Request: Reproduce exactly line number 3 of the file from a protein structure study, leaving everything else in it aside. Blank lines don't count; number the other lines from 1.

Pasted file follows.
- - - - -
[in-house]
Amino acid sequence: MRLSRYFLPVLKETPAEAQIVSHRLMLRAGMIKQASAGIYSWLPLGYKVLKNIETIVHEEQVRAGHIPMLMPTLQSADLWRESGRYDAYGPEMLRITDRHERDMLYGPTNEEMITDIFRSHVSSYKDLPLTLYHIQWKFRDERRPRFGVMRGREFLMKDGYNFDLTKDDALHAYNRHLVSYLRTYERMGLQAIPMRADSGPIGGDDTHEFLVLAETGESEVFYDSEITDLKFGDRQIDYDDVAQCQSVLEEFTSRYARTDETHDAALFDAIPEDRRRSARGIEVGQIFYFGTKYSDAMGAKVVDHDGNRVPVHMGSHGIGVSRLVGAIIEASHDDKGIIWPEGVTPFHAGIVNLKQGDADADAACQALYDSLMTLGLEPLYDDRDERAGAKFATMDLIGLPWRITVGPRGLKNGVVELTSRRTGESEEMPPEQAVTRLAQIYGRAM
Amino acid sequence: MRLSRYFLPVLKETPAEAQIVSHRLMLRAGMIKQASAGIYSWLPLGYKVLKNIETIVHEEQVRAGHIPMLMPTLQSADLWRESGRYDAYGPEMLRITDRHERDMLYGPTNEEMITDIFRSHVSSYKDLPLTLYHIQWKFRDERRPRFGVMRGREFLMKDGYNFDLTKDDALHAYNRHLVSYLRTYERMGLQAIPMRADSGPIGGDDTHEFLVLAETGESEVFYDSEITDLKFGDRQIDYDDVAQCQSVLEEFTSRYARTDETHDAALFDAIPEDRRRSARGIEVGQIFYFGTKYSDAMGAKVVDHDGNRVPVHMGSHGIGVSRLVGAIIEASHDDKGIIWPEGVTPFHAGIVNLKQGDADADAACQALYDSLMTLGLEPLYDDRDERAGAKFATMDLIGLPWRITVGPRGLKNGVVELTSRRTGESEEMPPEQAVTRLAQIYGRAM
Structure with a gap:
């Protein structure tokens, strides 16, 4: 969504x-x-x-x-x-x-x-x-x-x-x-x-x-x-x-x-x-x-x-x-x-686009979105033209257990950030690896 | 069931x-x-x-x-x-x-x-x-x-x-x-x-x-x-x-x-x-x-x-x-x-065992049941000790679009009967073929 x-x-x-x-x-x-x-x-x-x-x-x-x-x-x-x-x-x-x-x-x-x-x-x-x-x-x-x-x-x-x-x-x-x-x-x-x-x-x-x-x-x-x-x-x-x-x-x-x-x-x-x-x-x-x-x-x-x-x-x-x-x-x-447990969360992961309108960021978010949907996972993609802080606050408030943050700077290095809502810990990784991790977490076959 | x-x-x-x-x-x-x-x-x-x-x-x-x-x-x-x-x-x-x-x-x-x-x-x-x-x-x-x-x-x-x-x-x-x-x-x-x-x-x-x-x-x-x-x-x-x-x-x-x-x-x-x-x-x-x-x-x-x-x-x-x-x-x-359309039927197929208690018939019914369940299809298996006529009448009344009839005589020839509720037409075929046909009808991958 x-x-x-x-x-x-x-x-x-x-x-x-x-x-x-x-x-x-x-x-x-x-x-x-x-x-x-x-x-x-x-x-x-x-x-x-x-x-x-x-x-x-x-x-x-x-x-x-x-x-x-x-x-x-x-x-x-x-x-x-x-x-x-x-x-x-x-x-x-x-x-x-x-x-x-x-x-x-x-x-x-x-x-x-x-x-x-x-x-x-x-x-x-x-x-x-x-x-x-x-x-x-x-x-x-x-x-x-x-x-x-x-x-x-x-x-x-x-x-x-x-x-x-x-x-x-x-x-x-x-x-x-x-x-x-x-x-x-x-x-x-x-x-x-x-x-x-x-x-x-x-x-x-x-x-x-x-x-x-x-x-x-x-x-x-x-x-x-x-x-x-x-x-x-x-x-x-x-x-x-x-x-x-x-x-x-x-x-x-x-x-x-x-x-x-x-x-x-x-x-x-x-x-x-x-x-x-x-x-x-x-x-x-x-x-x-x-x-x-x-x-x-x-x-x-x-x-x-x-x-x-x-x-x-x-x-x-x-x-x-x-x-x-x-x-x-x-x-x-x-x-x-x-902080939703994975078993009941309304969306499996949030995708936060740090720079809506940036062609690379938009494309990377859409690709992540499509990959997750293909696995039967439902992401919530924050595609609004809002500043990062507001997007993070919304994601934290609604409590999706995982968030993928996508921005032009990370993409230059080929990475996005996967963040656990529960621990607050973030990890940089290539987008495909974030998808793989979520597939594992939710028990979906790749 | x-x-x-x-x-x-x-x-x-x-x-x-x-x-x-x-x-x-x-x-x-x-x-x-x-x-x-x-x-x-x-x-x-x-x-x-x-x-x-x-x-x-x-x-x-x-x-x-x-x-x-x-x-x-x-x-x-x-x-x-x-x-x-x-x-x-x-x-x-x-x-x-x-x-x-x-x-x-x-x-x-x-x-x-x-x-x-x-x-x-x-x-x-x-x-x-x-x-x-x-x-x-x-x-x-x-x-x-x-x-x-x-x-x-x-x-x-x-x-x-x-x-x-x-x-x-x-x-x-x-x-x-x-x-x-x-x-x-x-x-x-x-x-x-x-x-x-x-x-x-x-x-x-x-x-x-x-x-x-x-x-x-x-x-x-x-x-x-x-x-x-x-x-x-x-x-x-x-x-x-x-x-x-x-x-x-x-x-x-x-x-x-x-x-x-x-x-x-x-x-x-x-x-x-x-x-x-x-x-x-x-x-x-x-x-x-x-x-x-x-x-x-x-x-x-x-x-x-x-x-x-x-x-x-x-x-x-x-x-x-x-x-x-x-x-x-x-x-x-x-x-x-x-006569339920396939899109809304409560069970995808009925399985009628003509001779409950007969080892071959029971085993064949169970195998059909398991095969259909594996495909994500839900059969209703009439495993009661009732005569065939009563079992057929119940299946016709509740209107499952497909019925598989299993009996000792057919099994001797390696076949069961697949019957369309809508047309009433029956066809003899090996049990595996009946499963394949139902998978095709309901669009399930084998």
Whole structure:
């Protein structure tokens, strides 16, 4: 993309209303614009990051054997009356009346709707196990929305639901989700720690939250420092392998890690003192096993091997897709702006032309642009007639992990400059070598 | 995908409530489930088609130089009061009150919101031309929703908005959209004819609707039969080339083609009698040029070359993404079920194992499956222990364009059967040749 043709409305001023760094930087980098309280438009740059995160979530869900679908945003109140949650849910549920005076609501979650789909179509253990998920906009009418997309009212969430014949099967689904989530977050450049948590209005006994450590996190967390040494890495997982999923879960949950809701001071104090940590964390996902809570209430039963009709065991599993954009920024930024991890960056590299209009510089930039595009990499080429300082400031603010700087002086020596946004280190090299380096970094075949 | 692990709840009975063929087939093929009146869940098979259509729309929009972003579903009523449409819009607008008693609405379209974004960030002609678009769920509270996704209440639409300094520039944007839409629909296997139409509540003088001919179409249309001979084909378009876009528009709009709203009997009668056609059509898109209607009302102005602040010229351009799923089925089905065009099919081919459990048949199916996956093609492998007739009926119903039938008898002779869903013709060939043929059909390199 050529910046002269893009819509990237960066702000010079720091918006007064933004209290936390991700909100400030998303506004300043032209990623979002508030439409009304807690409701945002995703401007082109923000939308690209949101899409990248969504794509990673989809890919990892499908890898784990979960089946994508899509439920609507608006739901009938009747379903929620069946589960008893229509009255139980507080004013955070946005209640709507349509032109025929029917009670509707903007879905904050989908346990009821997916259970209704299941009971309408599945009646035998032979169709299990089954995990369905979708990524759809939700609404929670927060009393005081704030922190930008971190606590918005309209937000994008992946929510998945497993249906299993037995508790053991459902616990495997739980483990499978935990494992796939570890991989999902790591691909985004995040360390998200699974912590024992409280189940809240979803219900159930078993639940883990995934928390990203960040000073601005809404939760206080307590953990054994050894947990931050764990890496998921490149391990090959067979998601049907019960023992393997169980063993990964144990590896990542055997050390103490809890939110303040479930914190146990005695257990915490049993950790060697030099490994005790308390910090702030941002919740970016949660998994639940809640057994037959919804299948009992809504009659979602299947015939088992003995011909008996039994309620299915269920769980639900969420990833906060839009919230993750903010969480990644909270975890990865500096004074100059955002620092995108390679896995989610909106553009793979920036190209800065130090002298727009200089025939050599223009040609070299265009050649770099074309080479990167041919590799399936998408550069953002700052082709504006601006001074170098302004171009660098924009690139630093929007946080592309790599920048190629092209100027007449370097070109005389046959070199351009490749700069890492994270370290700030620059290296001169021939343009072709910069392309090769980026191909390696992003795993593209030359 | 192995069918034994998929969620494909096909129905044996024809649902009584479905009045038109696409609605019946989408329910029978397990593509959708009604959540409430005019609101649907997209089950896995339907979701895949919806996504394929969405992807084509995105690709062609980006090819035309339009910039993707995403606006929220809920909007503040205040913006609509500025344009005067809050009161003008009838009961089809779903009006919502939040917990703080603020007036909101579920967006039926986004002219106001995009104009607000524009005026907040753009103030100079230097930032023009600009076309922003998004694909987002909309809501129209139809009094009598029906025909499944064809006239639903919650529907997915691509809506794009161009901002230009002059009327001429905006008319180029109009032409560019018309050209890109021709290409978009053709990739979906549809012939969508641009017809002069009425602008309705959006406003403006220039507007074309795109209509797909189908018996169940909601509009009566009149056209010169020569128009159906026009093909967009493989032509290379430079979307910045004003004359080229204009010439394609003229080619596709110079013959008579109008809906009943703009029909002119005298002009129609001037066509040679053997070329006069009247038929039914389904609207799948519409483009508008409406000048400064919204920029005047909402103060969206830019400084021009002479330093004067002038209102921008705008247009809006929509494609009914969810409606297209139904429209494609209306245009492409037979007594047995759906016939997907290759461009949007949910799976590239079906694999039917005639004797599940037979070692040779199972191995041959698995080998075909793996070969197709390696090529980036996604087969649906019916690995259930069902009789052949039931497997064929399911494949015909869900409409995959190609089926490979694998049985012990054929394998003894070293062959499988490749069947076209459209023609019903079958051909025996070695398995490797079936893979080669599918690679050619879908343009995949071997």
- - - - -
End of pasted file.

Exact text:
Amino acid sequence: MRLSRYFLPVLKETPAEAQIVSHRLMLRAGMIKQASAGIYSWLPLGYKVLKNIETIVHEEQVRAGHIPMLMPTLQSADLWRESGRYDAYGPEMLRITDRHERDMLYGPTNEEMITDIFRSHVSSYKDLPLTLYHIQWKFRDERRPRFGVMRGREFLMKDGYNFDLTKDDALHAYNRHLVSYLRTYERMGLQAIPMRADSGPIGGDDTHEFLVLAETGESEVFYDSEITDLKFGDRQIDYDDVAQCQSVLEEFTSRYARTDETHDAALFDAIPEDRRRSARGIEVGQIFYFGTKYSDAMGAKVVDHDGNRVPVHMGSHGIGVSRLVGAIIEASHDDKGIIWPEGVTPFHAGIVNLKQGDADADAACQALYDSLMTLGLEPLYDDRDERAGAKFATMDLIGLPWRITVGPRGLKNGVVELTSRRTGESEEMPPEQAVTRLAQIYGRAM